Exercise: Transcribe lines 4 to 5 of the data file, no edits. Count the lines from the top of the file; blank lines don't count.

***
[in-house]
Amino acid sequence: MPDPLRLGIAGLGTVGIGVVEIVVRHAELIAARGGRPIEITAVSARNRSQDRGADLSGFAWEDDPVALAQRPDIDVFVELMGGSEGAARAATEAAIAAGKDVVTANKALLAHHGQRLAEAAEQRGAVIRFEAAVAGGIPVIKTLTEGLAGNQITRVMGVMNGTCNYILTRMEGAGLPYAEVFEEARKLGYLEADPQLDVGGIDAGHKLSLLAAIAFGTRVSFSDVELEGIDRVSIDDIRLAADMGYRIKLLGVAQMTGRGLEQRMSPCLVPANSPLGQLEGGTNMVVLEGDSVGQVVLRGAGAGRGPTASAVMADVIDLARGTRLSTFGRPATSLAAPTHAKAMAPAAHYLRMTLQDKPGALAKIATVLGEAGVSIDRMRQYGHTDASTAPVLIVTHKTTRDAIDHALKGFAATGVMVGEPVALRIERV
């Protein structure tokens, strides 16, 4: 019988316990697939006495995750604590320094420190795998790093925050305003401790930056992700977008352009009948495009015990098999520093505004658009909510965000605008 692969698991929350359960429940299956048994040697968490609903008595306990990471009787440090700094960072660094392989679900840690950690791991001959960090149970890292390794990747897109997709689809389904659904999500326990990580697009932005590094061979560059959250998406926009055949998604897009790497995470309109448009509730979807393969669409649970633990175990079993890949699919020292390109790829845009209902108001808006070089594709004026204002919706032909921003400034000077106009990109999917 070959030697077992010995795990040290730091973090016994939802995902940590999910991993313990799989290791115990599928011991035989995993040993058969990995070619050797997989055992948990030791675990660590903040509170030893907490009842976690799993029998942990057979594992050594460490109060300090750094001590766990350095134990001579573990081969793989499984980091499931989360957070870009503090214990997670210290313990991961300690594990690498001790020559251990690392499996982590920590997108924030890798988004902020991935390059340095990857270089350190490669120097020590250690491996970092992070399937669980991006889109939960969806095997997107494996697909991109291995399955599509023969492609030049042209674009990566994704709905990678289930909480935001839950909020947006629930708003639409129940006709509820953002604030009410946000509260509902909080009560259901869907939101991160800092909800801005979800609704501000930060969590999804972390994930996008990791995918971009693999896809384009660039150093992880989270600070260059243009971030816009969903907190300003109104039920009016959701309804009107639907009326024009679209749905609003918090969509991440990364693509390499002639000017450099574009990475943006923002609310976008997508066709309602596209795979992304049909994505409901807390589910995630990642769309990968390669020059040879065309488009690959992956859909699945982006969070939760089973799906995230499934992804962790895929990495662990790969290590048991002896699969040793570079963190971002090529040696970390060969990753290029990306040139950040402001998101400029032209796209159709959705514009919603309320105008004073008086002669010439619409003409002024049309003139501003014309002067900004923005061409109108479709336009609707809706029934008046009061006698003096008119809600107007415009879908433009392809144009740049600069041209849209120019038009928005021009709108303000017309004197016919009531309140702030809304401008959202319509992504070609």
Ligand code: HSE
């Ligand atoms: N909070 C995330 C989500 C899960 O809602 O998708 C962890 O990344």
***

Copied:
Ligand code: HSE
């Ligand atoms: N909070 C995330 C989500 C899960 O809602 O998708 C962890 O990344």